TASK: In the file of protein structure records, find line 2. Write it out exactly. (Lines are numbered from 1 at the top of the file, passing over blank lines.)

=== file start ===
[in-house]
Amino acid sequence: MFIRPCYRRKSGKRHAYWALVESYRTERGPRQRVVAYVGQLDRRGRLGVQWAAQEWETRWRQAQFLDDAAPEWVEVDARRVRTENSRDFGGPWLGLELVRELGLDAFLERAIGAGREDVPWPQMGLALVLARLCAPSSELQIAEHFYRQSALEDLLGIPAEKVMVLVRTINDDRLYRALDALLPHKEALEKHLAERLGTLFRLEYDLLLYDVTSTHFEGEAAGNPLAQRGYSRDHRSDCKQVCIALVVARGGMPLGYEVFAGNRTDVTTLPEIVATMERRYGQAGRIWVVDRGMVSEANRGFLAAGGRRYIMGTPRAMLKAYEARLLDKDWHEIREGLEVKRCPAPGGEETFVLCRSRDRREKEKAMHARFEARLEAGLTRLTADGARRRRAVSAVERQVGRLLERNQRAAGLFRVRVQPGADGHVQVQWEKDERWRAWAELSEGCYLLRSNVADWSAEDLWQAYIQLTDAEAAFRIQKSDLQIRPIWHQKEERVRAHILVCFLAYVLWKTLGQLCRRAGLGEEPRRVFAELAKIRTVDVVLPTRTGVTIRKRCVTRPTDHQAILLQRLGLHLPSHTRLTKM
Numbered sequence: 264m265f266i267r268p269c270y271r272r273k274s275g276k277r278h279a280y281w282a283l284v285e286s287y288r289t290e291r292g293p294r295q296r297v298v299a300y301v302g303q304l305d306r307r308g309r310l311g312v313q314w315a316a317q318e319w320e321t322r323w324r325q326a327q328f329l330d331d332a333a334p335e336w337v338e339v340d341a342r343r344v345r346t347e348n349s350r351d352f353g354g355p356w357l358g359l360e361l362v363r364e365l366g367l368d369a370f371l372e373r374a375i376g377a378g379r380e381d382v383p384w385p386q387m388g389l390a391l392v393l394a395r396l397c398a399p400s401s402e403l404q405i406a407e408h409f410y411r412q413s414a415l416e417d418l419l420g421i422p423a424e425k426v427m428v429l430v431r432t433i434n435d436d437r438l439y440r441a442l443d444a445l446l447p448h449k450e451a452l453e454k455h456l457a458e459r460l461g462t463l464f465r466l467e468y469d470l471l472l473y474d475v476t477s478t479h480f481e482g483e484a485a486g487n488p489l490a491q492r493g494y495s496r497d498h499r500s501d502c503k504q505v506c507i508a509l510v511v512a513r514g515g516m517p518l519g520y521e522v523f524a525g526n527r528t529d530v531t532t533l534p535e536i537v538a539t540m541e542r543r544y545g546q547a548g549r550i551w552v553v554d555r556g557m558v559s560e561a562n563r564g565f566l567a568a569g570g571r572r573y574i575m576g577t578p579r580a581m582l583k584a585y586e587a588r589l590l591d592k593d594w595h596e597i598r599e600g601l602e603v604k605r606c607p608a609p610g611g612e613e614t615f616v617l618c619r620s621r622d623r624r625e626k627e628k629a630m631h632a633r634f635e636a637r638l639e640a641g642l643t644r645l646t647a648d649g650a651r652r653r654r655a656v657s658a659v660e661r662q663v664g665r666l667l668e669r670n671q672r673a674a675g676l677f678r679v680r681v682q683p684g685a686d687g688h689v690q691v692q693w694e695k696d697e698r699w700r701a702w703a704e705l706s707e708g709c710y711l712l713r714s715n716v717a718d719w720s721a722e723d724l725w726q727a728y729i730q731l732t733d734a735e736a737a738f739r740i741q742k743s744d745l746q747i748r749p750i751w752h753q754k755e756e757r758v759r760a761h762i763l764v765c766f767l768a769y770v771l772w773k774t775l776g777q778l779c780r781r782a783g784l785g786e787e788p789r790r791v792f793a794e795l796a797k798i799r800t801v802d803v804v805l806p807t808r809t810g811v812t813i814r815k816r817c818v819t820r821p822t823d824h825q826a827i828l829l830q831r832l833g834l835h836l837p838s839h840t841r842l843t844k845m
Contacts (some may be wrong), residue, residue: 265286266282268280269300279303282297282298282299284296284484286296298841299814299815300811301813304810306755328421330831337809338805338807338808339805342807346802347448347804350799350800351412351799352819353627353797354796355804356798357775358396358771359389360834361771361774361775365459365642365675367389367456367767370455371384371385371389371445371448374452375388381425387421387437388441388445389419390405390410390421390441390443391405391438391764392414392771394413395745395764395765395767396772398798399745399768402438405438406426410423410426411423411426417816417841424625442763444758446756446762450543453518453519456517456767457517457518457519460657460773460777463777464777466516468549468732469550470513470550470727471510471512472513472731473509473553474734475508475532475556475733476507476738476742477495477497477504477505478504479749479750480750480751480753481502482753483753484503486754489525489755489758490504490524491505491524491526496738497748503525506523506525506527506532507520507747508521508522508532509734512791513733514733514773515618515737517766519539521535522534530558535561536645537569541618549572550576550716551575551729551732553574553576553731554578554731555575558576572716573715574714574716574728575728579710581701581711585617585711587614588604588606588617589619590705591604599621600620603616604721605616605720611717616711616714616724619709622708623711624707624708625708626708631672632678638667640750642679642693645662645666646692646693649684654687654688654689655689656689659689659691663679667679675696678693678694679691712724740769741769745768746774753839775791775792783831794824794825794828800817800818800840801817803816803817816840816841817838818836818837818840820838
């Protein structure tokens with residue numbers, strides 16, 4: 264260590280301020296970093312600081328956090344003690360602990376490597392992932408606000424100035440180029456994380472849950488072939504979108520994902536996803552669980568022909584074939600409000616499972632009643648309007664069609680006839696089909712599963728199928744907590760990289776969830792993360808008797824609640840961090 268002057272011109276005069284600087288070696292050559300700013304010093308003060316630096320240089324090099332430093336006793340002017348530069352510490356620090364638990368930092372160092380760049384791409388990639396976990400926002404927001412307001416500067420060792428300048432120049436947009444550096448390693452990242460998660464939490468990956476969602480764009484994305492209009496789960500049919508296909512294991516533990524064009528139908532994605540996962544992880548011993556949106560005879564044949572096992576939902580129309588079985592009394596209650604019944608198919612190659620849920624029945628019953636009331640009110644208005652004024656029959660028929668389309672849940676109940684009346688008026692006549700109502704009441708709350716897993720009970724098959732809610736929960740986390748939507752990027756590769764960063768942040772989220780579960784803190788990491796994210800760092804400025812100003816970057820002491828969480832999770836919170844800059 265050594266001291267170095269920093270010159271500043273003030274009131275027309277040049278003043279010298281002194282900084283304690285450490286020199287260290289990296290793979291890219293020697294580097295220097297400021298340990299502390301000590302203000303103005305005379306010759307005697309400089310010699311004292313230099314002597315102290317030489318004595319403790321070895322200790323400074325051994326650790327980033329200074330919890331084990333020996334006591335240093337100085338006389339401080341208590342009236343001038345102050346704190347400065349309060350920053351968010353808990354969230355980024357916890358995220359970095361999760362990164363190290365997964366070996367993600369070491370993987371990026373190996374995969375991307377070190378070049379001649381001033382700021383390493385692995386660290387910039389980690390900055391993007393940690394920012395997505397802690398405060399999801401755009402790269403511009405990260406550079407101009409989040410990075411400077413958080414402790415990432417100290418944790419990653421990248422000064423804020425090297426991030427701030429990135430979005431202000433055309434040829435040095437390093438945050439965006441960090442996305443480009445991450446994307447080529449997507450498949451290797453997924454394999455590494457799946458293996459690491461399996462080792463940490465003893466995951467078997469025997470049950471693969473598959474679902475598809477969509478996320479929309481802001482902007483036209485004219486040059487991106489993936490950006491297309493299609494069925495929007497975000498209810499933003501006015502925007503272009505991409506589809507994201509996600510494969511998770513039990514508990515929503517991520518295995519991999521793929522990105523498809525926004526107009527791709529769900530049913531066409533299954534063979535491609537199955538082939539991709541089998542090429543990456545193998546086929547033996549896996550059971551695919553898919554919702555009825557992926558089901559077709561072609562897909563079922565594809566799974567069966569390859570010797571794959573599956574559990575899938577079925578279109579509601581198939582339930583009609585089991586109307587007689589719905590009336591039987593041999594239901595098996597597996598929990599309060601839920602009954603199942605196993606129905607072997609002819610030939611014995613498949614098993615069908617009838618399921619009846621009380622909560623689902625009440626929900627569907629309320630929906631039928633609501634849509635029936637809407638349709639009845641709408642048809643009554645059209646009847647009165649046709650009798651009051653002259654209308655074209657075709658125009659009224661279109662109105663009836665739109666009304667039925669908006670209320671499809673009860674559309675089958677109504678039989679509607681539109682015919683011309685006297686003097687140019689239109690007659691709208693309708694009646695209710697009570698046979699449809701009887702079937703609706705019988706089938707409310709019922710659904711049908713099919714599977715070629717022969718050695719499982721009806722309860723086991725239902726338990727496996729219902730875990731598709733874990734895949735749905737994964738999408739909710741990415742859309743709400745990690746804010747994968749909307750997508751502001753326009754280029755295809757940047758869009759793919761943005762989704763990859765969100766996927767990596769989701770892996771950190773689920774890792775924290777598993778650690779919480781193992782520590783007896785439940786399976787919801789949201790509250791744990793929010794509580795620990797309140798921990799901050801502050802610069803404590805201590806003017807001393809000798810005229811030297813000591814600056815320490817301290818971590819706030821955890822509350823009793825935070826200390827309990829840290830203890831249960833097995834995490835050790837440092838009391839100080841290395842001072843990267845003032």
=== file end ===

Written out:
Amino acid sequence: MFIRPCYRRKSGKRHAYWALVESYRTERGPRQRVVAYVGQLDRRGRLGVQWAAQEWETRWRQAQFLDDAAPEWVEVDARRVRTENSRDFGGPWLGLELVRELGLDAFLERAIGAGREDVPWPQMGLALVLARLCAPSSELQIAEHFYRQSALEDLLGIPAEKVMVLVRTINDDRLYRALDALLPHKEALEKHLAERLGTLFRLEYDLLLYDVTSTHFEGEAAGNPLAQRGYSRDHRSDCKQVCIALVVARGGMPLGYEVFAGNRTDVTTLPEIVATMERRYGQAGRIWVVDRGMVSEANRGFLAAGGRRYIMGTPRAMLKAYEARLLDKDWHEIREGLEVKRCPAPGGEETFVLCRSRDRREKEKAMHARFEARLEAGLTRLTADGARRRRAVSAVERQVGRLLERNQRAAGLFRVRVQPGADGHVQVQWEKDERWRAWAELSEGCYLLRSNVADWSAEDLWQAYIQLTDAEAAFRIQKSDLQIRPIWHQKEERVRAHILVCFLAYVLWKTLGQLCRRAGLGEEPRRVFAELAKIRTVDVVLPTRTGVTIRKRCVTRPTDHQAILLQRLGLHLPSHTRLTKM